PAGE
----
This book presents a detailed portrait of the contours of South-South collaboration in the health biotechnology sector. In particular, it casts revealing light on the factors that guide effective scientific partnerships and exchanges.
The key findings indicate that the level of South-South collaboration among researchers in health biotechnology remains low but is slowly increasing and that entrepreneurial collaboration seems to be more prevalent. Collaboration has helped to extend capacity in health biotechnology research, manufacturing, and innovation to an increasing number of developing countries and thereby lessened the divide between them. Such collaboration has strongly focused on shared health needs and has helped to increase the availability of more affordable health products and services. Governments and non-governmental organizations have also been able to foster closer ties between researchers by establishing programs and extending funding for collaboration. Nevertheless there is still a lack of dedicated resources.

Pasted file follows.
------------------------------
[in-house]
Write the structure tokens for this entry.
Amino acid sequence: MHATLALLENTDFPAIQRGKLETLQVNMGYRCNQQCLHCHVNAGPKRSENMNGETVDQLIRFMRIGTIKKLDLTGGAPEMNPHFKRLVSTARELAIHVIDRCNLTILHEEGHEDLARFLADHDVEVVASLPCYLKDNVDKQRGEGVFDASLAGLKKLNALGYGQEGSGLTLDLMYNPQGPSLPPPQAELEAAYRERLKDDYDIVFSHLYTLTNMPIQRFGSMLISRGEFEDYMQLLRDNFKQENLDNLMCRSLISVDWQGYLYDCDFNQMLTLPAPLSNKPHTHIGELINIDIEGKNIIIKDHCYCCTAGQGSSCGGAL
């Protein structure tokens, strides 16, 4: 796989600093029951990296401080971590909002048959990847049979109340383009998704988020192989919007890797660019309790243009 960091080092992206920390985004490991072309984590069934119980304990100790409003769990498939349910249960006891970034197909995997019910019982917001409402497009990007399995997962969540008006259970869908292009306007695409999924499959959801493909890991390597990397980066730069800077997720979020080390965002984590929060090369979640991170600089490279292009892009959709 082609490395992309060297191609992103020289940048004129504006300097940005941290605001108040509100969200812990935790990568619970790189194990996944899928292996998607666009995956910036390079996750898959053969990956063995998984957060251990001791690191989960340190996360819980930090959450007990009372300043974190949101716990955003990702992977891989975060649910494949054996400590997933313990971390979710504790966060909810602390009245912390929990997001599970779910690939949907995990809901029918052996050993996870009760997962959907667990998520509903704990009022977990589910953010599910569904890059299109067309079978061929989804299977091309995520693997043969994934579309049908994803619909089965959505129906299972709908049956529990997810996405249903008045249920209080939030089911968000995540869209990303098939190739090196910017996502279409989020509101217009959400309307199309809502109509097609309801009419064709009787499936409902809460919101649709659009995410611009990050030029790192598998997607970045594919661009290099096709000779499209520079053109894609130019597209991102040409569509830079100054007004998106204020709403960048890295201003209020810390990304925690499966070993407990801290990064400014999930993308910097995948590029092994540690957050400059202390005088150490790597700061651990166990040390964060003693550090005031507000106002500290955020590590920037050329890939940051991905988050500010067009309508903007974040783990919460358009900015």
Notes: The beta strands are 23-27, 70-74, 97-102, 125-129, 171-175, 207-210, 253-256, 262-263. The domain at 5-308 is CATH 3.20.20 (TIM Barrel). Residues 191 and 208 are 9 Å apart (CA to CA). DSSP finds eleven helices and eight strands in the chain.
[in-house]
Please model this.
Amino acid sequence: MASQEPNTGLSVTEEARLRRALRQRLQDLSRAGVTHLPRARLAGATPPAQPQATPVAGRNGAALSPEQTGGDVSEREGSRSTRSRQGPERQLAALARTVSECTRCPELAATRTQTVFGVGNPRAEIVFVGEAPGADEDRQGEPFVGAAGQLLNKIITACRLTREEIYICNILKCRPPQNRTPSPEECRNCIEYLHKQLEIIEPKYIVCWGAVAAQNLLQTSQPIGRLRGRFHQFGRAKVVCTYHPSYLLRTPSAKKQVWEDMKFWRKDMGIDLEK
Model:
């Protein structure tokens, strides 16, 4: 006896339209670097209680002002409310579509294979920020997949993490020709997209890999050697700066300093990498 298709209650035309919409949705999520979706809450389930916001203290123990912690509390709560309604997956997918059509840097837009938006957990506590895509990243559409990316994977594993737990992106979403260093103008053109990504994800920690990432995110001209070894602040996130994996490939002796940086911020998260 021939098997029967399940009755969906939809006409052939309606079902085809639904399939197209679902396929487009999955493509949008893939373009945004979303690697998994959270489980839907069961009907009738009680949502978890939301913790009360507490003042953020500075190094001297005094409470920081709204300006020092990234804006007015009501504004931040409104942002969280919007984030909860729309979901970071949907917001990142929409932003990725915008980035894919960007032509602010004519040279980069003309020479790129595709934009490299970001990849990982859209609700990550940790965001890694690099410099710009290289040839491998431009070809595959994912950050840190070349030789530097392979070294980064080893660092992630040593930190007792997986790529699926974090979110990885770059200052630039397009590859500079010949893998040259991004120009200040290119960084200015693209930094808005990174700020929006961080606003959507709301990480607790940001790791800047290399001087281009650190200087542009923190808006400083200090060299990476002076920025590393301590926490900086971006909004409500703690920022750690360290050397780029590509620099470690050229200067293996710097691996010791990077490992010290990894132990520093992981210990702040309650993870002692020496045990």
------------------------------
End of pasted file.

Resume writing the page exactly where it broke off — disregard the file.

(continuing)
The authors call on governments in developed countries and international or philanthropic organizations to promote South-South collaboration as a means of enhancing development and encouraging global health.
Halla Thorsteindóttir is an Associate Professor at the Dalla Lana School of Public Health, University of Toronto, Canada. She is the recipient of the Canadian Institutes of Health Research, Institute of Genetics Maud Menten New Principal Investigator Prize (2005-2006), and the Canadian Institutes of Health Research, New Principal Investigator Award (2007-2012).